Independent Clauses | n. —unusual words about underappreciated music

Mid-July Singles 1

July 10, 2018

1. “Computer Games” – Greta Jaime. Bass heavy. Metaphorically relevant. Swooning vocals. “Computer Games” by British up-and-comer Greta Jaime is layered with pops and cracks that belie a much lighter track than what the lyrics imply. She’s not afraid to stand alone from the instrumentals as “Computer Games” patiently builds itself up from the thumping back beats to a swirling collection of digitally driven cacophony. She’s an artist who is in total control of every sound and emotion. From the lyrical prowess to the aptly subtle guitar riffs that add to the ambivalent tone, Jaime’s strength lies in her courage and already legendary vocal range. Having caught the attention of the Glastonbury Festival’s Emerging Artist Competition, Jaime is undoubtedly on a fast-track to impressively high levels of success. –Maria Edwards

2. “The Highway State” – The Bowling Alley Sound. This post-rock outfit likes to bend the expectations of the genre–this is a major key piece, but not the surging crescendo of a Lights and Motion piece. This is cinematic, but more Wes Anderson than sweeping landscape. This has a lot of dynamic motion, but this is not a on/off/on roarer. Instead, this is a carefully crafted, beautifully executed, compositionally unique piece that includes a long spoken word section, interesting violin work, and strong trumpet use. There’s also guitars for those whom guitars in post rock is a mandatory–but they’re more like folk than like GYBE. So, overall–this is vastly impressive and interesting.

3. “On and On” – Manatree. This power-pop song rumbles forward with a passionate joie de vivre that is tempered only by the slowly-unfolding vocals (and even that isn’t too much tempering). There’s half a dozen moments in the tune that made my eyebrows raise expectantly, and a couple moments gave me shivers. I’ve got my head bobbing at my desk enthusiastically. These dudes should definitely go on tour with Brother Moses. If you like indie-pop, you need to listen to this one.

4. “Take the Doggie” – Shy Boys. It only takes 96 seconds for me to fall in love with this quirky power-pop/indie-pop tune that’s sung directly to a stray dog. Everything seems to be zooming in all sorts of directions and then it’s over, just in time to press replay. And the video has a bunch of dogs in it. Who can resist?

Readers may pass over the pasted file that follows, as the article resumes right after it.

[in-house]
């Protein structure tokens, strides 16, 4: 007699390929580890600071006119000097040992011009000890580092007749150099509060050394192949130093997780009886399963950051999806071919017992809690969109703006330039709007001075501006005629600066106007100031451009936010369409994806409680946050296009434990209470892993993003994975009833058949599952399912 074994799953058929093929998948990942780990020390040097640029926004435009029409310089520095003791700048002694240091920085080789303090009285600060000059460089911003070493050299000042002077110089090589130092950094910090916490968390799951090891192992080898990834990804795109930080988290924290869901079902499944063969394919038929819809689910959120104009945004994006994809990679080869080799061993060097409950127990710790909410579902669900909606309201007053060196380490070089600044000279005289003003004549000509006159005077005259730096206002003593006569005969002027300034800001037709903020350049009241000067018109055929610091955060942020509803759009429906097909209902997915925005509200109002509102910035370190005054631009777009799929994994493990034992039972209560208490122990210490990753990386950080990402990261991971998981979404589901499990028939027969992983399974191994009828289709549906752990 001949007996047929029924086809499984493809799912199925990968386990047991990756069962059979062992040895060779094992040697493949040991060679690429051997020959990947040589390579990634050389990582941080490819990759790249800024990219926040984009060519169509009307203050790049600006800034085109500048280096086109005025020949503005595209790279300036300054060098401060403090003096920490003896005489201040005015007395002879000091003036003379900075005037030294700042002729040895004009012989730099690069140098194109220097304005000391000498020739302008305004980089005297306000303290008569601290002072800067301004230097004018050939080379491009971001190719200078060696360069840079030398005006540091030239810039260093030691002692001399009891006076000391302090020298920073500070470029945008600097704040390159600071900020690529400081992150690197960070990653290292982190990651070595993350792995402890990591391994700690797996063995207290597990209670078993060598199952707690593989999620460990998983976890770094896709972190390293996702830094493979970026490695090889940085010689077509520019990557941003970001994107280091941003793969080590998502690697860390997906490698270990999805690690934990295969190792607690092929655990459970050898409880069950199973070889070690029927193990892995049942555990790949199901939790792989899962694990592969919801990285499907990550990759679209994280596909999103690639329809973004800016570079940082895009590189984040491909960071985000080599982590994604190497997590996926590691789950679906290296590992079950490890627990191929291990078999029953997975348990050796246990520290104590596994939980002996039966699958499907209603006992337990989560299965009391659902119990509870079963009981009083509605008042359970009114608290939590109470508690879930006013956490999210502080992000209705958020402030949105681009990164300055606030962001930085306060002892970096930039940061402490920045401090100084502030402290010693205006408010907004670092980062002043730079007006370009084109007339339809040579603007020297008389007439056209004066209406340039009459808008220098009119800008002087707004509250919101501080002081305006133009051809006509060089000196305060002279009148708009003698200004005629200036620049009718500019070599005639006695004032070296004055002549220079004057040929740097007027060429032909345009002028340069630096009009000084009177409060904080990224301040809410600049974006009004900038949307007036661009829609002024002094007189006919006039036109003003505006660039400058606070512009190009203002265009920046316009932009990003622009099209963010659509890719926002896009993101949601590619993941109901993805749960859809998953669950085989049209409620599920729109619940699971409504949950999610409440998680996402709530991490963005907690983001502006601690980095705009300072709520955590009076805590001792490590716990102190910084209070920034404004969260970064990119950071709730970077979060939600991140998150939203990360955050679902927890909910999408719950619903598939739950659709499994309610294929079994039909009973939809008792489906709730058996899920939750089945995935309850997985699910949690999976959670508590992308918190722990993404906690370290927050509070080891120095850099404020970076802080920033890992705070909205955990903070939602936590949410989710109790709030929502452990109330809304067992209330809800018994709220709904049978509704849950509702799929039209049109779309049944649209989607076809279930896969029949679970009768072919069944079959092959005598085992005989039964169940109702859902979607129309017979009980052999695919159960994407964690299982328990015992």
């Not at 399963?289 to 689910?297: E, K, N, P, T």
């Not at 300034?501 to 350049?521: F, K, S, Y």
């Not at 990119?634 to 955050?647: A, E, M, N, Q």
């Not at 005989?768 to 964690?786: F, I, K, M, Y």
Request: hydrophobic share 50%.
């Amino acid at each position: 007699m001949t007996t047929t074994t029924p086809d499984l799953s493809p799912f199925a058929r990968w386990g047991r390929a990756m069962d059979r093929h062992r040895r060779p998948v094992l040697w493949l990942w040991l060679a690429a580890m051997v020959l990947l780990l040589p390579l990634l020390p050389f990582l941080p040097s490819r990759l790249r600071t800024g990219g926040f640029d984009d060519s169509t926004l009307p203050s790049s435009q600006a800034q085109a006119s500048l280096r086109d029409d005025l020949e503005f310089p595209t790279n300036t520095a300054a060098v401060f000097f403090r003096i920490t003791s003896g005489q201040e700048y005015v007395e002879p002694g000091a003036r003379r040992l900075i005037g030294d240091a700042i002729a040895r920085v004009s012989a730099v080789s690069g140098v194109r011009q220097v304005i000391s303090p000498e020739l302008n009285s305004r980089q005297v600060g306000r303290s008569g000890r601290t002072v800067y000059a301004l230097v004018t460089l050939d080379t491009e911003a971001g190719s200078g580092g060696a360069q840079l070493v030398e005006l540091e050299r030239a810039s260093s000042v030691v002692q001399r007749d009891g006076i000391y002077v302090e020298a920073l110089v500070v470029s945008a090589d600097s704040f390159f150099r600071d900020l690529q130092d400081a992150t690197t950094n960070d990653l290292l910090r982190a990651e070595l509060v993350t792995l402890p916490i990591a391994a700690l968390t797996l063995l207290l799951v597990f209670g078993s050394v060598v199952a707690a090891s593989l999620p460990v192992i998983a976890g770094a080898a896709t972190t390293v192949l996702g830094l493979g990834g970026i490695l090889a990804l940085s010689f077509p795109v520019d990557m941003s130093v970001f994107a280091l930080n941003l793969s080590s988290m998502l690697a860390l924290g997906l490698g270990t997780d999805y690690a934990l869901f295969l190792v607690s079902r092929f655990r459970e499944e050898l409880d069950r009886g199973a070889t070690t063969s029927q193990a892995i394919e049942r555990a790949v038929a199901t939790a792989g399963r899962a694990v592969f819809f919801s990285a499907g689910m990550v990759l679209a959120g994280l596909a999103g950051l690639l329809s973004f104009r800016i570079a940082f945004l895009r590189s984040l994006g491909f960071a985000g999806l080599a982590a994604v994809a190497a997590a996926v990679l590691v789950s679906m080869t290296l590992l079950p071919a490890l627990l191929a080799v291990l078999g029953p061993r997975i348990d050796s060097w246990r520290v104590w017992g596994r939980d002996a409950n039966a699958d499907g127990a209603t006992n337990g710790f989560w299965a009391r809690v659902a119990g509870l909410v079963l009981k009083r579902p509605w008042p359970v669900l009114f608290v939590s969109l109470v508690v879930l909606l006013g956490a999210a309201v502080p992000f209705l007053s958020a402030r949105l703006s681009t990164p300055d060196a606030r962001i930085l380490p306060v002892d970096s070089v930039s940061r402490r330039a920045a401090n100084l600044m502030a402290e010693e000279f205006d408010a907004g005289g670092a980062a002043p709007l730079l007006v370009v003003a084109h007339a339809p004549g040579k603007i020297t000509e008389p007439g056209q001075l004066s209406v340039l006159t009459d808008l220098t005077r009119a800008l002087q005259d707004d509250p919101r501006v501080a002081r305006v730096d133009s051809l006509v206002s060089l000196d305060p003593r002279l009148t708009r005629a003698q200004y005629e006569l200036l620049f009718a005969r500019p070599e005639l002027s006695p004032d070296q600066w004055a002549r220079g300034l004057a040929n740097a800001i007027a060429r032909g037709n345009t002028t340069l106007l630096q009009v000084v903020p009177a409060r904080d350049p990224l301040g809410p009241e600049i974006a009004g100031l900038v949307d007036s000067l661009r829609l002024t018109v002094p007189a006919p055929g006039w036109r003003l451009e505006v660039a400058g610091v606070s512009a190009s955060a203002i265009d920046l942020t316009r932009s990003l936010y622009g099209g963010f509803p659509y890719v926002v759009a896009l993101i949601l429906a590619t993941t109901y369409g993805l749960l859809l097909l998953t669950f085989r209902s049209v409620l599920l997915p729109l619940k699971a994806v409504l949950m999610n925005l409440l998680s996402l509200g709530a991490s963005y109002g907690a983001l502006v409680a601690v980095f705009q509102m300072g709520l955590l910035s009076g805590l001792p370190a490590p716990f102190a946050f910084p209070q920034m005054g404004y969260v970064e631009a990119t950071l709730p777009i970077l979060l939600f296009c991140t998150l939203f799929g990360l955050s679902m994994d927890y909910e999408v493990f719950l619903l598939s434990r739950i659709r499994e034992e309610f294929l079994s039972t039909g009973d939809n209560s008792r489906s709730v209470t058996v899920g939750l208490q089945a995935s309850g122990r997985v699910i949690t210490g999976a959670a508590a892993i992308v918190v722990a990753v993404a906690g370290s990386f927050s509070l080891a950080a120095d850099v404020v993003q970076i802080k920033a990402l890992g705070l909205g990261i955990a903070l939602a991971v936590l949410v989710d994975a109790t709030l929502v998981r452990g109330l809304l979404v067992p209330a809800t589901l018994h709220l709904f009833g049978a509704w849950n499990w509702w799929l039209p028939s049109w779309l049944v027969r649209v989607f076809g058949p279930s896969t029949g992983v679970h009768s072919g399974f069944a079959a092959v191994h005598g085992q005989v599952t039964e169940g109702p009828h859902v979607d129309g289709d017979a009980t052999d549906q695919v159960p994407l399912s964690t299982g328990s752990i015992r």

5. “So We Go” – Cable Street Collective. Excellent female vocals, reggaeton rhythms, hand percussion, and Caribbean vibes power this jubilant indie-pop track. There’s a hint of Vampire Weekend in there, but comparing Cable Street Collective to other bands sells them short. It seems impossible to not have fun while listening to this tune.

6. “Burning Bridges” – The Wandering Hearts. A lovely, lilting folk tune with thick harmonies, subtle percussion, perky bass, and comforting melodies. The smash-cut to the bass-heavy piano and female vocal solo in the bridge is particularly striking.

7. “California” – Mountain Lions. Can you write a song called “California” and not have someone mention Phantom Planet? Anyway, this acoustic indie-pop song is more chipper than the iconic indie serenade of the state, but it’s just as indie-charming. The acoustic arrangement is effervescent without being saccharine, and the melodies are as singable as you’d hope for such a big topic. There’s a touch of M. Ward here and there, some power-pop knowledge sprinkled on it, and the whole thing is wrapped up in a lovely production job. Just a winner, through and through.

8. “For U” – Uma E. Fernqvist. This is how you take trip-hop and move it forward without recreating Portishead. There’s a lot of the things you’d expect from trip-hop: dusky moods, icy tones, stark arrangements, staccato drums, and the like. But there’s also a continuity, an underpinning of a consistent beat drawn more from techno than from trip-hop, that gives this tune some contrast to the trip-hop base. It’s a fascinating, compelling mash-up. It’s also over eight minutes long, another nod to its electronic roots.

9. “Fire B” – Elephant Micah. Elephant Micah has a discography full of slowcore folk musings, and I like those recordings a lot. But, as I have coincidentally done, Elephant Micah suddenly got interested in electronic music. But, because Joe O’Connell loves minimalism, this is real minimal electronic music–sounds from a single synth wash over your ears, sometimes accompanied by another synth, but often not. After about 2.5 minutes of experiments like that, O’Connell bursts into a … cover of his own work? A riff on his own work? It’s not quite “If I Were a Surfer,” but it uses the same melodic and lyrical concepts. There are lots of clanks and bonks and bass whomps to go along with it. It’s a wild thing, regardless of whether you’ve heard Elephant Micah before.

10. “Run Away” – I Am Soyuz. An intimate acoustic tune that evokes the feel of everyone together in a small room making music together. The lead female vocalist has an intriguing, engaging voice and strong melodies to boot. The arrangement is subtle but well-turned–there’s interest for those looking for it. The whole thing comes off like a deconstructed folk-pop tune, sort of somewhere between Dana Sipos’ dreaminess and stomp’n’holler folk.

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Stephen Carradini and friends write reviews of instrumental music. We write about those trying to make the next step in their careers and established artists.

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